dimanche 15 février 2009

Man with a Movie Camera

When the dust settled from the October Revolution in 1917, there was a brief, shining period of uninhibited artistic experimentation in Russia. Before the authorities clamped down on such “decadent” behavior, Russian artists in the 1920s explored communist ideals with more sincerity, hope and optimism than probably at any other time in history in every medium, from architecture to graphic design. In the realm of film, this exploration manifested itself as Kino-Eye, or camera eye. Devotees of this filmmaking style believed that the camera should be used to record the truth of Soviet life without the aid of screenplays, actors, makeup or sets. “I am kino-eye, I am mechanical eye,” wrote Dziga Vertov in the Kino Eye Manifesto in 1923. “I, a machine, show you the world as only I can see it.” The crowning achievement of the movement was the 1929 film Man with a Movie Camera, made by Dziga Vertov (a name that translates to “Spinning Top”) and his brother, Boris Kaufman. The film presents the day in the life of a Soviet city from morning until night, with citizens “at work and at play, and interacting with the machinery of modern life.” This is Part 6 of Man with a Movie Camera, one of the most dynamic sequences in the film (the entire film is behind the cut). Best if watched with speakers on.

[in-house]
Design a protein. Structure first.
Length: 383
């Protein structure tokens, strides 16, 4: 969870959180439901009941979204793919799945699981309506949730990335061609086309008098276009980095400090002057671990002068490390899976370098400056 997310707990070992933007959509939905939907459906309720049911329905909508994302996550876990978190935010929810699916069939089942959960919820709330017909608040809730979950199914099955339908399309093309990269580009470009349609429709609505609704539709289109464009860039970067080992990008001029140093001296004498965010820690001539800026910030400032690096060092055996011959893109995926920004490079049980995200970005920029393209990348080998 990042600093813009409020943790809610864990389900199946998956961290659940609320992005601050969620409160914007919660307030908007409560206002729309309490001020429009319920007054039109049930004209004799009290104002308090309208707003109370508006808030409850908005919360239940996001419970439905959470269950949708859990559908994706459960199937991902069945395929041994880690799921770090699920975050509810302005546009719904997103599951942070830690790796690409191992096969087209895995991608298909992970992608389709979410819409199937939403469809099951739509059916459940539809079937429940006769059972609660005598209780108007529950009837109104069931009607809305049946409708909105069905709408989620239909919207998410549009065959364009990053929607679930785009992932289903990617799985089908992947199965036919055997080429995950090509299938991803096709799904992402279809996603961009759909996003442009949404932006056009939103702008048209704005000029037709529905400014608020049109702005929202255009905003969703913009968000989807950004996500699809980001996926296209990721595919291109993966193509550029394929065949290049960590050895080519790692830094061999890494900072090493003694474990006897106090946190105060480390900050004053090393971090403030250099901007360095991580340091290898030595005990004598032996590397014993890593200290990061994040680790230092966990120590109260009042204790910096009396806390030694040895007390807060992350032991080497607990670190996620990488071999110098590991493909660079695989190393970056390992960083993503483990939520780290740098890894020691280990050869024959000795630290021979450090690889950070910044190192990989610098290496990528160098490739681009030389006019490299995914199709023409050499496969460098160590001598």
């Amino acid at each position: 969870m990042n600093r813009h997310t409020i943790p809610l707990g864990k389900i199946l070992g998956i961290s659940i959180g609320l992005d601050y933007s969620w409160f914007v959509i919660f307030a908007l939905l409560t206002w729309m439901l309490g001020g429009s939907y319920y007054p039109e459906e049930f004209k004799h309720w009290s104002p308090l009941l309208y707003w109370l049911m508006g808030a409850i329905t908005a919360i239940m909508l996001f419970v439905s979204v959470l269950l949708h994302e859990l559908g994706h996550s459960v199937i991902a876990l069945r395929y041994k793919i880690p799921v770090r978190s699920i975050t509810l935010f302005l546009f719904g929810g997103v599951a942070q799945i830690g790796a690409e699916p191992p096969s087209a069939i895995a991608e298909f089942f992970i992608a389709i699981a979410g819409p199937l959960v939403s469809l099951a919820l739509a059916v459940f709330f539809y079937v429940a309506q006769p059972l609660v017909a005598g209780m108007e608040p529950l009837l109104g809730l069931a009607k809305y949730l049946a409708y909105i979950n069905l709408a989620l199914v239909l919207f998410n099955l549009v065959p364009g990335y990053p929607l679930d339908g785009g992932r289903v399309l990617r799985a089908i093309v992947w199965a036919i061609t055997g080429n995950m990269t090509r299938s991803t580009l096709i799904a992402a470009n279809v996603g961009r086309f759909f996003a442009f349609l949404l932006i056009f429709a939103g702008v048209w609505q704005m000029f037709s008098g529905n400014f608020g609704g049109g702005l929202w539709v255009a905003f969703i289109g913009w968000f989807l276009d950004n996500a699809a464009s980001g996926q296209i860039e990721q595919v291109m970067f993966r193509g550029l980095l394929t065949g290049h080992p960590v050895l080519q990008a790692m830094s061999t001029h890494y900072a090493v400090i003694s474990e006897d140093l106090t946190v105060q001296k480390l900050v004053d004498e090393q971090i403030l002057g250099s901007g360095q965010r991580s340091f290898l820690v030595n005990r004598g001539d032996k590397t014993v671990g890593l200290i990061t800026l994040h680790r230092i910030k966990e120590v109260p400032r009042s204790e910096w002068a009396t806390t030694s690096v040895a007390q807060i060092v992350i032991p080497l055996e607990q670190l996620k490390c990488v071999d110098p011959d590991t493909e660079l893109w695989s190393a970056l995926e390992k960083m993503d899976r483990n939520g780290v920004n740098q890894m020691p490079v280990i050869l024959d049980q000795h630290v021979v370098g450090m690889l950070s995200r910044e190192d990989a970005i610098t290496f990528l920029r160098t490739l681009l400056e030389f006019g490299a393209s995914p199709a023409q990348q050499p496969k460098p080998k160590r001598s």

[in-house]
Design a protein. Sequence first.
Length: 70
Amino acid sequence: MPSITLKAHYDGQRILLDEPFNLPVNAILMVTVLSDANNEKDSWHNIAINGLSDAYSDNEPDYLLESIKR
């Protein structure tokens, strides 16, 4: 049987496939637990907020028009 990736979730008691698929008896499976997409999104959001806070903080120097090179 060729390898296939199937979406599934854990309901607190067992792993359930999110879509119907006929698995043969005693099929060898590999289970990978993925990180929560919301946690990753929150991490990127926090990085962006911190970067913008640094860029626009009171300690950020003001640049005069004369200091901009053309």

(Lire la suite sur Coilhouse)

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